A fine LP; elements of post-rock, blues and good old fashioned experimentation all add something to the stew. Plus it has a lugubrious, lazy, Continental attitude that is really appealing. The music is split into 5 tracks, the opener 21 Echoes Short is a slinky, bluesy number which snakes along at an untroubled pace, very similar to a very slow work out by the Velvet Underground or a slow moment on 7Up when Tim Leary’s not hollering on about karma or some such. Suddenly everything ends with a thrashy, atonal amalgam of blasts and pattering drum fills. A simply brilliant beginning to the LP.
The slinky, moody vibe from 21 Echoes… is carried over into 12 From, which is given a sinister air by an echoing, thudding noise that pops up regularly. Some growling, subterranean electronic drones begin to jostle with a mournful set of bleeps and squiggles, some feedback (and the thudding) to create a very moody not dissimilar to the sort of music you could imagine accompanying a seventies spy thriller. It’s powerful stuff. The shorter 6I is a similarly atmospheric workout, starting off as a more upbeat offering than the first two tracks, and driven by a jangly guitar run and an “insouciant” jazzy bass line that has the feel of Serge Gainsbourg all over it… Halfway through the track changes in character completely: a meandering, suggestive set of notes and half phrases on an acoustic guitar is accompanied by some minimal backing on bass, a musical concoction which sets the scene for 9 Moving, which is a slow plodding work out between acoustic and bass that settles into a rhythm that propels it towards a dusky, dry meditation of sorts.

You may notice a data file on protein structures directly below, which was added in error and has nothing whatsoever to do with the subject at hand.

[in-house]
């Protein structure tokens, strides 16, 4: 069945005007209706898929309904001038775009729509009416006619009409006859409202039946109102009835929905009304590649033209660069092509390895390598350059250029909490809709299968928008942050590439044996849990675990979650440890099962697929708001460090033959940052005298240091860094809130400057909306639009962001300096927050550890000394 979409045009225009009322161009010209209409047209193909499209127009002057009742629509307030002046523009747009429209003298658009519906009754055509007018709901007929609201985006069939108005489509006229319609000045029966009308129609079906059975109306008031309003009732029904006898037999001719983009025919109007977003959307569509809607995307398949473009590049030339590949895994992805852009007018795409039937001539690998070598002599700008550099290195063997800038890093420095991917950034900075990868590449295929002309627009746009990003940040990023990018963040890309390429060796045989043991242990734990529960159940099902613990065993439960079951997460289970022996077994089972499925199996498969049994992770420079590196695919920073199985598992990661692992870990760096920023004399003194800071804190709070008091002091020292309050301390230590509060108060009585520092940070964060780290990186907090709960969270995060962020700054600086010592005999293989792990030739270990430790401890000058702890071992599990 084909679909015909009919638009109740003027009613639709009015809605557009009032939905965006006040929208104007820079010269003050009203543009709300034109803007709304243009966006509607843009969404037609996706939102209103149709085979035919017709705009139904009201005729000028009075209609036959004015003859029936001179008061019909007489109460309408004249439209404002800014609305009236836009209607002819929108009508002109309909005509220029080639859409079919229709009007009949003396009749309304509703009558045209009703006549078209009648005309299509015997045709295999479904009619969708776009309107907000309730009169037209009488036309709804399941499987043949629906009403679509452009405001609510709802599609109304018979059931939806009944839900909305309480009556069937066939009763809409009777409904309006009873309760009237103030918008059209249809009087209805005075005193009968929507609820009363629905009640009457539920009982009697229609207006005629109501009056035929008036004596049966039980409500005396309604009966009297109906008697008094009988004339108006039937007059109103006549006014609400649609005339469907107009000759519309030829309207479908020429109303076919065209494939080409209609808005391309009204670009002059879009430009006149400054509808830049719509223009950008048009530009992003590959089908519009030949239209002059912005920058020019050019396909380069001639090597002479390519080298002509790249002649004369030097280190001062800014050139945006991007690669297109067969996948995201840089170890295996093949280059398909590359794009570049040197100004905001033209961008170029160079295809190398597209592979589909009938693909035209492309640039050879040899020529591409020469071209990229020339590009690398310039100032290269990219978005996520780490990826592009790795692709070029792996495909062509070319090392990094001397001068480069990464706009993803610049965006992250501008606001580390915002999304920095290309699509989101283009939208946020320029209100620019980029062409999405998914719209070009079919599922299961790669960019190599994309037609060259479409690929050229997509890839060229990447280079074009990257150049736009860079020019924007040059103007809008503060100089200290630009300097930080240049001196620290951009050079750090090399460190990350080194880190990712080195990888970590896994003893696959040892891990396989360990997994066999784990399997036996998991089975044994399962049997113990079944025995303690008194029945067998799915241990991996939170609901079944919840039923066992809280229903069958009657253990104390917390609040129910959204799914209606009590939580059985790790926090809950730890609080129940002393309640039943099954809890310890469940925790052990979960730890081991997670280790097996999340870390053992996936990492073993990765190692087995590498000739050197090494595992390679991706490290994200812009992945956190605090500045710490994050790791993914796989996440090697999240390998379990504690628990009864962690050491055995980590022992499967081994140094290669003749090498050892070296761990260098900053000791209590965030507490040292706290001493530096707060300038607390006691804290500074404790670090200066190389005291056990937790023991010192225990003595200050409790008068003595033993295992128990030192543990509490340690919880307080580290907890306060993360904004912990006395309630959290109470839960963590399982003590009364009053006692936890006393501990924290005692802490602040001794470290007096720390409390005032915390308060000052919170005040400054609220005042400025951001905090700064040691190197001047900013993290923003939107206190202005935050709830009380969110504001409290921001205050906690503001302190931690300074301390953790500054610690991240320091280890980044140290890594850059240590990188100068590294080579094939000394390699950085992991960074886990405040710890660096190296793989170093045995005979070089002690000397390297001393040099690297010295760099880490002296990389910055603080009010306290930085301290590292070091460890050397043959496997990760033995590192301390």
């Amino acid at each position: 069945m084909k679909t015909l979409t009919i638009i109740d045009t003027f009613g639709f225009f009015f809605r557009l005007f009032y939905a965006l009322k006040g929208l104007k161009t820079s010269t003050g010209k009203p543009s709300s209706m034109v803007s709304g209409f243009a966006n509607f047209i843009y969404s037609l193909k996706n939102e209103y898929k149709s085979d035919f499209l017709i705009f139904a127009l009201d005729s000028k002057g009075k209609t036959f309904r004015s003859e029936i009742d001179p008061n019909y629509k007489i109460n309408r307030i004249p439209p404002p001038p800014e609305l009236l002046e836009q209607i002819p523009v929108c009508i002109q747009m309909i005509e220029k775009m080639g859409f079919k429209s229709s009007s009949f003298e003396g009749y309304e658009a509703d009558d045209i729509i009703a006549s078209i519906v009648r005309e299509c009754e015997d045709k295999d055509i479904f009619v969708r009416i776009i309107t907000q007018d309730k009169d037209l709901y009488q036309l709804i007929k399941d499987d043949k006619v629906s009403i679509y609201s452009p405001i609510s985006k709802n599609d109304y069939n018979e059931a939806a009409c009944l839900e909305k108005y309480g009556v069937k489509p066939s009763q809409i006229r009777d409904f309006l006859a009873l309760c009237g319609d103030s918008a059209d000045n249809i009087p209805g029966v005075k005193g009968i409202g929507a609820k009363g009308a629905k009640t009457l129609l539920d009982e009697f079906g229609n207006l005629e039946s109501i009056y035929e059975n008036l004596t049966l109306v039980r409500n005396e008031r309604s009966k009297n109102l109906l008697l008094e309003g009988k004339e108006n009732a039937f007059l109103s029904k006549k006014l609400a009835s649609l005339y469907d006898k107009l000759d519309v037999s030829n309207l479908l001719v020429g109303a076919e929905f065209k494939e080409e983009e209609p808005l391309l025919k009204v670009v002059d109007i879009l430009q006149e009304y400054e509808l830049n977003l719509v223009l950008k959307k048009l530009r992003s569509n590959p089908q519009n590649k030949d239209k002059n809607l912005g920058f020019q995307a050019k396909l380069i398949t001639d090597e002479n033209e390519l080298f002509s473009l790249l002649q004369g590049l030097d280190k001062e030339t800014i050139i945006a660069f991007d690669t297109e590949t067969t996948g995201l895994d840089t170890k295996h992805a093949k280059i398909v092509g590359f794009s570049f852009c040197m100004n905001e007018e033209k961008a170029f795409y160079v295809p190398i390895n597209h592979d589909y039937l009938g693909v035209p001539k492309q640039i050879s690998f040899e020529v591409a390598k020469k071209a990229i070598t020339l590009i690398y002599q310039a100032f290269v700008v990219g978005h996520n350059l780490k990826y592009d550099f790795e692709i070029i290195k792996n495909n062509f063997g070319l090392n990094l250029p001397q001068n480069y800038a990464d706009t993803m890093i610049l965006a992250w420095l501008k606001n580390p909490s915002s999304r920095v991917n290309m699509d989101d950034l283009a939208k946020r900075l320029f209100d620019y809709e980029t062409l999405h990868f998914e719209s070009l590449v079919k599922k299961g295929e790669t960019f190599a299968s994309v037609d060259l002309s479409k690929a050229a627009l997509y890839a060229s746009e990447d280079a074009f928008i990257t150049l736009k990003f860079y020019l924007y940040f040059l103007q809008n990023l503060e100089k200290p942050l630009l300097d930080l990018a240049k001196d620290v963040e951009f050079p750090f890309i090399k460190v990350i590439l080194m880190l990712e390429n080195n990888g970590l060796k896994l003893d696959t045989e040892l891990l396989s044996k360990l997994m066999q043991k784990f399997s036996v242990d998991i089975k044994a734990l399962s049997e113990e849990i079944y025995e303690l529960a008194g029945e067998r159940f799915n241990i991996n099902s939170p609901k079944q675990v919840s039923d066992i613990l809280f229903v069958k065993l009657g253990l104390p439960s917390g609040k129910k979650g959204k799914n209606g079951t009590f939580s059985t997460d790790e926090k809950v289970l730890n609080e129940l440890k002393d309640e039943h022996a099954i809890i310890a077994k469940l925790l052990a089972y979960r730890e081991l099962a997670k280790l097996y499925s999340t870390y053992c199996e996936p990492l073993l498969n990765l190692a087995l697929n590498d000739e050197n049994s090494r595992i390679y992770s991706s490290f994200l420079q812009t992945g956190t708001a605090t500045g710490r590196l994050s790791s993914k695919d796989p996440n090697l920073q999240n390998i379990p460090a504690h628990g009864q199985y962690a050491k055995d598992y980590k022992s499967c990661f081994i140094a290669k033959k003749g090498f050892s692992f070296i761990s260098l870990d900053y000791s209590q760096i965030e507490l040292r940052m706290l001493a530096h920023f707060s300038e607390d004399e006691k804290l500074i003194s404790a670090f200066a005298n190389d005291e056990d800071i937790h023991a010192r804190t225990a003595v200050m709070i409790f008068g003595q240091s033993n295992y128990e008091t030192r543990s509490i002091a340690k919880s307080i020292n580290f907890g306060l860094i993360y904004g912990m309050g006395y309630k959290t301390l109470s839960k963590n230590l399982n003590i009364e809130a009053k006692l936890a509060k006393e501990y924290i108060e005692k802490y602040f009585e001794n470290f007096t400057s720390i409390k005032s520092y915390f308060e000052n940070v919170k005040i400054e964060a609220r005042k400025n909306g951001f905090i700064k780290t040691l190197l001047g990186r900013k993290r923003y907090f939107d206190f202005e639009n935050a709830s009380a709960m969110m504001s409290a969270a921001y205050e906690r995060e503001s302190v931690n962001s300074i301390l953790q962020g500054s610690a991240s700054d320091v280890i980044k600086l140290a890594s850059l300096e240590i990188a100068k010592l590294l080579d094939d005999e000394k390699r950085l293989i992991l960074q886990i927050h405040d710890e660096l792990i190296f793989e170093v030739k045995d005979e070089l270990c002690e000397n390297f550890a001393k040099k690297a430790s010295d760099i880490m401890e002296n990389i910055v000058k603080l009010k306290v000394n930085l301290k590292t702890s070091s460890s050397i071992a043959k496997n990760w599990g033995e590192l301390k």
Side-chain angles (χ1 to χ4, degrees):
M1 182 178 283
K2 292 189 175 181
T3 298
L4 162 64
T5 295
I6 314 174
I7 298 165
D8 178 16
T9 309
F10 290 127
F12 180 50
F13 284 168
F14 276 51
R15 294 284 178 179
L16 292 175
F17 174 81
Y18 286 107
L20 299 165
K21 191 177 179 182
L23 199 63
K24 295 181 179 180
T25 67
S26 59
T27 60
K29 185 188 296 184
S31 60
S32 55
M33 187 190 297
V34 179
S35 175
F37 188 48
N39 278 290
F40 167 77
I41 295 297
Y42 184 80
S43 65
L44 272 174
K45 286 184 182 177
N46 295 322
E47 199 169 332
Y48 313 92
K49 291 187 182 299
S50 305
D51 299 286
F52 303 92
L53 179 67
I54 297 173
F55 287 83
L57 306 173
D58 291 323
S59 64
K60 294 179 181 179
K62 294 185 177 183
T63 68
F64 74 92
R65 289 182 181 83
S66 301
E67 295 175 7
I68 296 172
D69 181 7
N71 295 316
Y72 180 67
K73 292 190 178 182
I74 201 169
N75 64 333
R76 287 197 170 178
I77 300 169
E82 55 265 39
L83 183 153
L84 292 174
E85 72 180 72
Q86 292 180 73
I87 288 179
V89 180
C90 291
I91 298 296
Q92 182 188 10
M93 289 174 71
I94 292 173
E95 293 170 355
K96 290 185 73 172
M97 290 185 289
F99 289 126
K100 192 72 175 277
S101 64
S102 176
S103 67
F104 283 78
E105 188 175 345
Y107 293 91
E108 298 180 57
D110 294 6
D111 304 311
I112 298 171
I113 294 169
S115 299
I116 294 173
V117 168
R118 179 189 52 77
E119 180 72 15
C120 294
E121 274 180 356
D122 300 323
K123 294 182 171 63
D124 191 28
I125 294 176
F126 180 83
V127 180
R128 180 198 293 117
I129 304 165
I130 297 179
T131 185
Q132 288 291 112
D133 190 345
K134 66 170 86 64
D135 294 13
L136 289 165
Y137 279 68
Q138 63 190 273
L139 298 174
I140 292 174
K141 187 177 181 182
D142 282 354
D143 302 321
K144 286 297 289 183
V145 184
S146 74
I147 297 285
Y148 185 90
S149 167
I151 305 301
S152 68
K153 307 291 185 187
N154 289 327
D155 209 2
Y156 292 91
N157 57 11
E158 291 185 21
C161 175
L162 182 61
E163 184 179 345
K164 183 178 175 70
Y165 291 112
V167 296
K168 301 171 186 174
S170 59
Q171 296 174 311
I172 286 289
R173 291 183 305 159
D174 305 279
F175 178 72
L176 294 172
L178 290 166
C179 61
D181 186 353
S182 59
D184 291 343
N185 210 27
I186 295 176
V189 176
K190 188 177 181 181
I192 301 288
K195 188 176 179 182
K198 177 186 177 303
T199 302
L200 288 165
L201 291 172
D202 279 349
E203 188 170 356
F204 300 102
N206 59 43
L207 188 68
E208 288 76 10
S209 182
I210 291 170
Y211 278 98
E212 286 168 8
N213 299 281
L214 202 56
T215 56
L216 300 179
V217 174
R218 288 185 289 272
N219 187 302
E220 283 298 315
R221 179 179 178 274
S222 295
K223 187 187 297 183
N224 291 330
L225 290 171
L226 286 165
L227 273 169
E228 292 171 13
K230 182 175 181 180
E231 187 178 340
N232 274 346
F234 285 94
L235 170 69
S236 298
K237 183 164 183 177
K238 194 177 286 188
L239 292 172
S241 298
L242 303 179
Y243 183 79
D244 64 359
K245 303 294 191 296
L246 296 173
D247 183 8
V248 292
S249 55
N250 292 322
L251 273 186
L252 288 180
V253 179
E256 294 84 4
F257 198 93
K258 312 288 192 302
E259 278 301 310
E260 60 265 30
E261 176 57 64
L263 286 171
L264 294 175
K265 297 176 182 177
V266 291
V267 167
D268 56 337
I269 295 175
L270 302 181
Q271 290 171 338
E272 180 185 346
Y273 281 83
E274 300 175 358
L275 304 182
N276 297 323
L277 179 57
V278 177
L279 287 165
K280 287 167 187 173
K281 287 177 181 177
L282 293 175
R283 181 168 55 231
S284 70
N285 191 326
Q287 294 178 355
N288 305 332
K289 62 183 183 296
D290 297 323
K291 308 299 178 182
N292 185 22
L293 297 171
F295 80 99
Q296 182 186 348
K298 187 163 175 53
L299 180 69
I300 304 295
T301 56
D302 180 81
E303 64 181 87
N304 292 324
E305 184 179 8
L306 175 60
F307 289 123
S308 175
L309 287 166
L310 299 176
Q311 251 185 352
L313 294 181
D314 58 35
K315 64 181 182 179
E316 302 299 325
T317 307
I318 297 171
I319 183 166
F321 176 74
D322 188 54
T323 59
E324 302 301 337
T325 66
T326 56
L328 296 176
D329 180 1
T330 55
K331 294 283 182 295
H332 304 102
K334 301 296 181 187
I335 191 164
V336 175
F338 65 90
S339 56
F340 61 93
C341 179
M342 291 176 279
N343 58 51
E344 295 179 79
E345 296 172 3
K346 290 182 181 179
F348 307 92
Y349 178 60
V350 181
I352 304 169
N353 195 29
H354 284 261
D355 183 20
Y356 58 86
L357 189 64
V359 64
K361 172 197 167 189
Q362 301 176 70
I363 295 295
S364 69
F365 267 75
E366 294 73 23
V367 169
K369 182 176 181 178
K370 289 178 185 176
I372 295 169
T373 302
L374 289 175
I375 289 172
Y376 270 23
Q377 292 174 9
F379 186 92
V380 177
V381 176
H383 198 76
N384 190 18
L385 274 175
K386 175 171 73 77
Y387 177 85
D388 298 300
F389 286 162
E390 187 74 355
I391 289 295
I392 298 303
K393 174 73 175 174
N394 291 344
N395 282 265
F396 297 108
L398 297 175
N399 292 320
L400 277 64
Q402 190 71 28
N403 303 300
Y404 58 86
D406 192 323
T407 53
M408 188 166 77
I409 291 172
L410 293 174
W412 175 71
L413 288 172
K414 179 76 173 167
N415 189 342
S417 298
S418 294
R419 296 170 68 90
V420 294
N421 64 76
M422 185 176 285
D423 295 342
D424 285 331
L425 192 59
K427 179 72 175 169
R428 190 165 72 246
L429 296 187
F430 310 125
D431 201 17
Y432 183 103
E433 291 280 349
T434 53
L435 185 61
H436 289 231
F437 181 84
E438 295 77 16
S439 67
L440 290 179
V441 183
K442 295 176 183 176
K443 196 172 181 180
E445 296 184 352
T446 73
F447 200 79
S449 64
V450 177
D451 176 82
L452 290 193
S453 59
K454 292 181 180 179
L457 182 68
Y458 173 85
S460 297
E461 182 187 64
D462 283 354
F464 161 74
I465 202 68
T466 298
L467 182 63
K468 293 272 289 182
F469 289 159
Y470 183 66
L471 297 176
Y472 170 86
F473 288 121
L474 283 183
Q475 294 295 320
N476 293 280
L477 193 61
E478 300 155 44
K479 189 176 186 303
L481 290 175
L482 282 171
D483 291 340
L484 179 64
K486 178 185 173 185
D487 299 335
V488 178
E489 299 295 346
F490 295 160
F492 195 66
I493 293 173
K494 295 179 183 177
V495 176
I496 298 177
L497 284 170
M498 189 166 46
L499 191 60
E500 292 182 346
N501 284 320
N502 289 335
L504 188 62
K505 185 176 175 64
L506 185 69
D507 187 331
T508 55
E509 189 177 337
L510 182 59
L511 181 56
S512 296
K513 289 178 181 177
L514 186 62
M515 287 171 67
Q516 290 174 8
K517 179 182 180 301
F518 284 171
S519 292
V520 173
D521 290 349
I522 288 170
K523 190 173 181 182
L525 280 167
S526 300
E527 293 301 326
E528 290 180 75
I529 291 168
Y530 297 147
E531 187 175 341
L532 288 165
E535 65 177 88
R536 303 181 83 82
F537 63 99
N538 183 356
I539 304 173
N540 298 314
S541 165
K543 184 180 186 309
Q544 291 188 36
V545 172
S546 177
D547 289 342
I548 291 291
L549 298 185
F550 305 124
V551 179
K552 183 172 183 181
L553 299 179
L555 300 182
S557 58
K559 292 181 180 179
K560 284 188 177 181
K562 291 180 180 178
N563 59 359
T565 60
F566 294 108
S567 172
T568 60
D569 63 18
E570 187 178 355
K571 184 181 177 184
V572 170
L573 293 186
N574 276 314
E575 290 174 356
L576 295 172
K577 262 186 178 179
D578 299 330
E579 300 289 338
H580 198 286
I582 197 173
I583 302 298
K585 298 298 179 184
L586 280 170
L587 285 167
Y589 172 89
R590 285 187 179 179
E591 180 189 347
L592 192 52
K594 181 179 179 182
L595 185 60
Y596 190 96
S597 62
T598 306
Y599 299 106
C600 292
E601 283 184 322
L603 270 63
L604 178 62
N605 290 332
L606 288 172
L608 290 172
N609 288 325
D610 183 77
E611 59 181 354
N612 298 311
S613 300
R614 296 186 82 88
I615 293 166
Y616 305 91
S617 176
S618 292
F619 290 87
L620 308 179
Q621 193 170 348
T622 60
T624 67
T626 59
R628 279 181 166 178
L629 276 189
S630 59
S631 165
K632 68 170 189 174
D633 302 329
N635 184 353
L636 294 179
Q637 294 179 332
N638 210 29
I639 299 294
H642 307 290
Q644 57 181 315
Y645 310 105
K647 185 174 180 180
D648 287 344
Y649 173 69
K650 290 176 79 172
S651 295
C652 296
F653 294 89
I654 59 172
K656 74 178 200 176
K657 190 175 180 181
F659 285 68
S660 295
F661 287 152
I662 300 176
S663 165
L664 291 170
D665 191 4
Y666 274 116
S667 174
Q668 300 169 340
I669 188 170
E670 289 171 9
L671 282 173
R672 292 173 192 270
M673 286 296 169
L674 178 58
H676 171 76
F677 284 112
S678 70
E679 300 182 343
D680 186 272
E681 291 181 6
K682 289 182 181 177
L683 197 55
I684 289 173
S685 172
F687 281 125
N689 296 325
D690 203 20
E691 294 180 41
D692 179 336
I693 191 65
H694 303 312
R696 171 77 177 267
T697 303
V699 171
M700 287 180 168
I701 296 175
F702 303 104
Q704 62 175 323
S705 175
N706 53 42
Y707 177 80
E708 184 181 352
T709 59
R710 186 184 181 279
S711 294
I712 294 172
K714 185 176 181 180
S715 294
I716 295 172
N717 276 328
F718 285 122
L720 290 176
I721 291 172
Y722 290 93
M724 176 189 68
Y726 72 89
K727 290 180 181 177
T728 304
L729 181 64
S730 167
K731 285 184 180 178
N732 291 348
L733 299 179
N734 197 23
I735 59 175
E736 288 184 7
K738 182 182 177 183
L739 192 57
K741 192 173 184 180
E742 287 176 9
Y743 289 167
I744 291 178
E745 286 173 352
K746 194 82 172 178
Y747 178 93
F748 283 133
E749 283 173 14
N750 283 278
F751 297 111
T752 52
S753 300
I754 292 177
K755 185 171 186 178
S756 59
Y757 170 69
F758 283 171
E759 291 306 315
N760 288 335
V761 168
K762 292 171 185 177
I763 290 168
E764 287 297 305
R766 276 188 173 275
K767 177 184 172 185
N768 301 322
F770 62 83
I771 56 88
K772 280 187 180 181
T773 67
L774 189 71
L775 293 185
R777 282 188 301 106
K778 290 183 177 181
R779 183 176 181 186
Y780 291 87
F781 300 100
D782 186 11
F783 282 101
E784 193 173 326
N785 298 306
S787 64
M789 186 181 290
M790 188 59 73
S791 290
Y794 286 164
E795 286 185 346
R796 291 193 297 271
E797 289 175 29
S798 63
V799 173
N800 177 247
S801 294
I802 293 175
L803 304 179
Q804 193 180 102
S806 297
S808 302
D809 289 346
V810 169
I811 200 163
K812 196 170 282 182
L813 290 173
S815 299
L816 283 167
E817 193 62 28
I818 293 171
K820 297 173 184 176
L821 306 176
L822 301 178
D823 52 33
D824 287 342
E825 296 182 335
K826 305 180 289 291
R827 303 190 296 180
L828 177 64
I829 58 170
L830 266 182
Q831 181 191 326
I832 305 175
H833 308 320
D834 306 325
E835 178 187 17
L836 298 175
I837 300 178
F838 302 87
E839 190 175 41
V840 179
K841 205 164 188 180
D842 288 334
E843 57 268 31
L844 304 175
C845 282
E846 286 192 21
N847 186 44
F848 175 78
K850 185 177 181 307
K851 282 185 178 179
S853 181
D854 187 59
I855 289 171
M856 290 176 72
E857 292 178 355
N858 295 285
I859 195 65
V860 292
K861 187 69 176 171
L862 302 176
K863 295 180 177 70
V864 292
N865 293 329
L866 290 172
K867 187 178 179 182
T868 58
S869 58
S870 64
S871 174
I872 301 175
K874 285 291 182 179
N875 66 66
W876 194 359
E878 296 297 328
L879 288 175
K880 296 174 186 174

Last track 9 (8) Electricity is more of a burn up, a restless drum and bass pattern builds a platform of sorts for the guitars to conduct a scraping, swirling conversation over. However, like on 9 Moving, things also settle down to become a shimmering abstract meditation.
A very, very enjoyable record indeed.